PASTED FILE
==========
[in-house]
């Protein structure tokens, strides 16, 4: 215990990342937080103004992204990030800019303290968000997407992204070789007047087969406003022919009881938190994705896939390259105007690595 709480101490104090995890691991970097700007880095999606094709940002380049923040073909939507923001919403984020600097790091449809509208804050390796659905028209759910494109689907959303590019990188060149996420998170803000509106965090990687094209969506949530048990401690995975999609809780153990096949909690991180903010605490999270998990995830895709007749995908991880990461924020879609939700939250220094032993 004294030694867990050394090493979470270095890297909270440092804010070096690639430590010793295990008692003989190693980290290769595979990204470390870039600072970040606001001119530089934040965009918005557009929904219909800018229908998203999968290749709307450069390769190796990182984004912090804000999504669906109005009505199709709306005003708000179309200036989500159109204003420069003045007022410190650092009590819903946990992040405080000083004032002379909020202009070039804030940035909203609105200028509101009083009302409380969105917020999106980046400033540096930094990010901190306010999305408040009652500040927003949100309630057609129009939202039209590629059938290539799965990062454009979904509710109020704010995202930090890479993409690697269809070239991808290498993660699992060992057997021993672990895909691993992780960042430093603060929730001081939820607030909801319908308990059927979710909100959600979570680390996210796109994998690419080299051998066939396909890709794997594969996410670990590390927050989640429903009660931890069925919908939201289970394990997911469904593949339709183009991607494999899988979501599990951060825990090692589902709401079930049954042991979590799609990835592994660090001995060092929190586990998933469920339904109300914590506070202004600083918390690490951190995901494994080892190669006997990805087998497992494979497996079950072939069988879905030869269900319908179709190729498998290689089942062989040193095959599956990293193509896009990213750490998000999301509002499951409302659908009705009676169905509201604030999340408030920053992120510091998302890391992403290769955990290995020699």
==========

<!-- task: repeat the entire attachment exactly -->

[in-house]
């Protein structure tokens, strides 16, 4: 215990990342937080103004992204990030800019303290968000997407992204070789007047087969406003022919009881938190994705896939390259105007690595 709480101490104090995890691991970097700007880095999606094709940002380049923040073909939507923001919403984020600097790091449809509208804050390796659905028209759910494109689907959303590019990188060149996420998170803000509106965090990687094209969506949530048990401690995975999609809780153990096949909690991180903010605490999270998990995830895709007749995908991880990461924020879609939700939250220094032993 004294030694867990050394090493979470270095890297909270440092804010070096690639430590010793295990008692003989190693980290290769595979990204470390870039600072970040606001001119530089934040965009918005557009929904219909800018229908998203999968290749709307450069390769190796990182984004912090804000999504669906109005009505199709709306005003708000179309200036989500159109204003420069003045007022410190650092009590819903946990992040405080000083004032002379909020202009070039804030940035909203609105200028509101009083009302409380969105917020999106980046400033540096930094990010901190306010999305408040009652500040927003949100309630057609129009939202039209590629059938290539799965990062454009979904509710109020704010995202930090890479993409690697269809070239991808290498993660699992060992057997021993672990895909691993992780960042430093603060929730001081939820607030909801319908308990059927979710909100959600979570680390996210796109994998690419080299051998066939396909890709794997594969996410670990590390927050989640429903009660931890069925919908939201289970394990997911469904593949339709183009991607494999899988979501599990951060825990090692589902709401079930049954042991979590799609990835592994660090001995060092929190586990998933469920339904109300914590506070202004600083918390690490951190995901494994080892190669006997990805087998497992494979497996079950072939069988879905030869269900319908179709190729498998290689089942062989040193095959599956990293193509896009990213750490998000999301509002499951409302659908009705009676169905509201604030999340408030920053992120510091998302890391992403290769955990290995020699």